Tip 5: Make Sure Your Arms are at the Right Angle
Wow, we’re already at Tip 5 and we haven’t even unracked the bar yet. Ideally, have a spotter help you unrack and set the bar into position. This will allow you to keep the good starting position you’ve established. The classic bodybuilding style of bench pressing has you lowering the bar with your elbows flared out to 90 degrees as that keeps the majority of the tension on your pecs and anterior (front) deltoids. This is great for isolating those muscles, but terrible for shoulder health. I recommend tucking your elbows so they are at 45 degrees, or half-way, between your shoulders and your ribs.
Tip 6: Find the Perfect Spot
It’s really important to find a groove when bench pressing. The bar should follow the same path on the eccentric (down) and concentric (up) portion of every rep. Lower the bar to mid-chest or nipple level and press up and slightly back (the bar should be above your collar bones at the top). And, yes, the bar should touch your chest if you are performing full range of motion presses.
Tip 7: Keep Driving
Most everyone has a sticking point in their bench press. Most often it is either an inch or two off the chest or around the midpoint when your elbows are at 90 degrees. You’ll hit this point either when you are fatigued from reps or when you are approaching your maximal load (or both). Many people tend to give up easily when they hit this point. Don’t be one of those people. Try driving through that sticking point. It may be a long, slow rep (and you should DEFINITELY have a spotter there to make sure you are safe), but you need to train your body to get past those sticking points or they will always limit your progress. As long as the bar isn’t heading in the wrong direction, keep pushing.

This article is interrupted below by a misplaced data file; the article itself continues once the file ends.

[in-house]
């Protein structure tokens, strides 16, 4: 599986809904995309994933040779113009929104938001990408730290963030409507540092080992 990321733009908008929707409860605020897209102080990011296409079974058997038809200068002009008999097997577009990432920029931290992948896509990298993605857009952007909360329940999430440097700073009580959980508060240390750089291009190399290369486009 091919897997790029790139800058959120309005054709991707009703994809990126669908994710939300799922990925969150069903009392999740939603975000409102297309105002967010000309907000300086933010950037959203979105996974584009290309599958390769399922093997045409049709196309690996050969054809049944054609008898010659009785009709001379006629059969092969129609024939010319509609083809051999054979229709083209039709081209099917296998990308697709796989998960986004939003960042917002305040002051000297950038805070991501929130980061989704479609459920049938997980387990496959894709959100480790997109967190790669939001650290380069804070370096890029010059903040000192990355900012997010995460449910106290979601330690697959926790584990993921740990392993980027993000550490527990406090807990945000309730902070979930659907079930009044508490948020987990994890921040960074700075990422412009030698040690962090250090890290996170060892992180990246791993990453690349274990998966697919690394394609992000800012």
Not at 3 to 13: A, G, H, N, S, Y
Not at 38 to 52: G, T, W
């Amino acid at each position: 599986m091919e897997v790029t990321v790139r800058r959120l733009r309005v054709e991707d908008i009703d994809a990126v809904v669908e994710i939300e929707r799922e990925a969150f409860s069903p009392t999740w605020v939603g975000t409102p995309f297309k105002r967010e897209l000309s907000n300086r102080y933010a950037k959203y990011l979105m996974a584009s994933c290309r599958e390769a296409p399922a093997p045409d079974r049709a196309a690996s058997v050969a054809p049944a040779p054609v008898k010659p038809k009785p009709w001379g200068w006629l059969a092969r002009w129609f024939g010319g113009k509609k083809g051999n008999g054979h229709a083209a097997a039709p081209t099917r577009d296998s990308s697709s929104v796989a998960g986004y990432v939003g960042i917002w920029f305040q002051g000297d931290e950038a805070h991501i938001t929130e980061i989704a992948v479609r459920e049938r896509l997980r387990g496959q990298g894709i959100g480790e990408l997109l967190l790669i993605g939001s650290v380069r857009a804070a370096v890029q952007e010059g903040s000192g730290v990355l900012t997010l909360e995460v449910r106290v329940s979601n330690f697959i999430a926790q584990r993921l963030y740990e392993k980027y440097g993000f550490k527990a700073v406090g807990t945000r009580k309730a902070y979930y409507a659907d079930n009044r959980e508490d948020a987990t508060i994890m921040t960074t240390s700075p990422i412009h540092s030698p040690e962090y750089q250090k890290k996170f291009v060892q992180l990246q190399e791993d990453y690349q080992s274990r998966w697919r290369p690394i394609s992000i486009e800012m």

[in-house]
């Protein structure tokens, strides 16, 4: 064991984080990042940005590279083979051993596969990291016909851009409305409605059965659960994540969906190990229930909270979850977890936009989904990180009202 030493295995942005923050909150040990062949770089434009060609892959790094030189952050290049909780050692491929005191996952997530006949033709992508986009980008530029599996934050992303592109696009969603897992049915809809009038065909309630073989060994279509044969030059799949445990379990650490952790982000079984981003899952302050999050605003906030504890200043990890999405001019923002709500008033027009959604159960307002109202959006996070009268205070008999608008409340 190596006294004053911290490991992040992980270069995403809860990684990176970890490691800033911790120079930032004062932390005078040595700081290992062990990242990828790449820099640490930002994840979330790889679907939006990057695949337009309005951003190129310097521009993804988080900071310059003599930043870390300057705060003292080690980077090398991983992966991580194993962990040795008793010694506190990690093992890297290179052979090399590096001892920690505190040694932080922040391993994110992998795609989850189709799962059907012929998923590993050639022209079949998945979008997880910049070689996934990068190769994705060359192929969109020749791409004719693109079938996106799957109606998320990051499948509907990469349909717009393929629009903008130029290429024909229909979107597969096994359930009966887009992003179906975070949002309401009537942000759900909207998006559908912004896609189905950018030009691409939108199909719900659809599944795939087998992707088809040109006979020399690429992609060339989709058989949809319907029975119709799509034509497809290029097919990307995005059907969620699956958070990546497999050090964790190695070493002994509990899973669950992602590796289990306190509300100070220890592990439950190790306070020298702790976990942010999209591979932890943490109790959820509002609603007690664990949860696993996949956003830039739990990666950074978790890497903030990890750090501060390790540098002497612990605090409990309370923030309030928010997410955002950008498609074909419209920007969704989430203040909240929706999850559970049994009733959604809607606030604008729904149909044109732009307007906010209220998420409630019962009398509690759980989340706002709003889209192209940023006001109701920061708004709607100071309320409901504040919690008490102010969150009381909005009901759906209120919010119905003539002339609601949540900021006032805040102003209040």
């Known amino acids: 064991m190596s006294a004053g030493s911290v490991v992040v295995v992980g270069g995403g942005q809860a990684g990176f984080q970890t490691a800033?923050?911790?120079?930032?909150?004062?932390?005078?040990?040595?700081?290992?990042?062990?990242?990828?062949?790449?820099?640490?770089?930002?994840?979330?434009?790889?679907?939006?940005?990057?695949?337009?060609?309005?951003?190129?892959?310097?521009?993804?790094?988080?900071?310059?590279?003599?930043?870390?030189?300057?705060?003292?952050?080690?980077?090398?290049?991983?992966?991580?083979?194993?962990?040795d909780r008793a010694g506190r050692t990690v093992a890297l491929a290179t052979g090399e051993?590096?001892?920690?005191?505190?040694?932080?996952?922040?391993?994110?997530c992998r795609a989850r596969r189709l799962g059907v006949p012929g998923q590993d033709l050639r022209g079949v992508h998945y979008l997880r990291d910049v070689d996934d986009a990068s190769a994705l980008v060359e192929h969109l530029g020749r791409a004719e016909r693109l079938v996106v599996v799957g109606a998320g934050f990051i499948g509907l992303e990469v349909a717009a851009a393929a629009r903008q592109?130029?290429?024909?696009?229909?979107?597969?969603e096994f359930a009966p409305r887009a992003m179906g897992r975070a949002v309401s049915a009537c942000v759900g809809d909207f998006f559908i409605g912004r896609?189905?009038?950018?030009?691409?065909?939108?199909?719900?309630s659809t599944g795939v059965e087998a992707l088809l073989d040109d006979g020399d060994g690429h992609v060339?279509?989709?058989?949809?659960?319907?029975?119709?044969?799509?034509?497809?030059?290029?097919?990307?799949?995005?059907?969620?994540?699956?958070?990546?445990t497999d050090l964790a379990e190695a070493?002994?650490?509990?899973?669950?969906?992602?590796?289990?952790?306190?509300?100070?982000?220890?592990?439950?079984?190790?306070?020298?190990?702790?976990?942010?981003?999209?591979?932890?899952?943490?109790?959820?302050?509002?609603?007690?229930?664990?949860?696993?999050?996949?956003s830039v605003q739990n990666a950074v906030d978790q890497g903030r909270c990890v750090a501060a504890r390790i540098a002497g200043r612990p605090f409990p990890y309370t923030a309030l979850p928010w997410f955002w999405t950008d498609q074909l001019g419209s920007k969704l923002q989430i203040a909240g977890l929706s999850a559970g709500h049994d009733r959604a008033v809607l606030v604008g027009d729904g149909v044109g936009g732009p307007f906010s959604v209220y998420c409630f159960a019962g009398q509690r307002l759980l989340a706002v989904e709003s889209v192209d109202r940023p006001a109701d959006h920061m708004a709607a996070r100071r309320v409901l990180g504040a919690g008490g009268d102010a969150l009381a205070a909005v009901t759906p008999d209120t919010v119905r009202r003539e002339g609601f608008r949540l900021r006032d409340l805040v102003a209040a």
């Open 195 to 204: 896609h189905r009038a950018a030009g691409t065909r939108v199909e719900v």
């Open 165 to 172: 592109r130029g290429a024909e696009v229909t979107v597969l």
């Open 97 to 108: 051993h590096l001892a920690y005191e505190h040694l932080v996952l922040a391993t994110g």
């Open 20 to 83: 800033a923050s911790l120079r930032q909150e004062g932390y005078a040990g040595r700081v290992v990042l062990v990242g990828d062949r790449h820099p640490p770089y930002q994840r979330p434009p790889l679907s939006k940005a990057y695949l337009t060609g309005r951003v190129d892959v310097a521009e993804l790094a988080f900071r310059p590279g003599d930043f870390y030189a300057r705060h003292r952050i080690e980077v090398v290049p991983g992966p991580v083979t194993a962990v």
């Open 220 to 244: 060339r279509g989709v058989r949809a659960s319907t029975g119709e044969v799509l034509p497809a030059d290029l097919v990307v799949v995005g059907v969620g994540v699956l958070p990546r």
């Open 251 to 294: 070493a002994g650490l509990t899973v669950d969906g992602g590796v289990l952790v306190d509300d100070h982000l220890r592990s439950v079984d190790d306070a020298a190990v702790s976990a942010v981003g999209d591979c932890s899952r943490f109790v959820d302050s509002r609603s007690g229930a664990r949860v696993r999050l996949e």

Tip 8: Stop Benching
There are many alternate or accessory exercises that will help improve your bench press. Utilize a variety of external rotation and rotator cuff work to make sure your shoulders stay healthy and structurally balanced. Both military presses and pull-ups have shown to have carry over to a bigger bench so make sure they are in your program. Dumbbell presses can also help establish better shoulder stability and a greater range of motion and triceps work will help with a stronger lockout. Finally, the bench press is a pretty demanding exercise on one of the most complicated and injury prone joints in your body, your shoulders. Don’t be afraid to take some time off of bench pressing for a phase to concentrate on some supplemental and injury-preventing movements.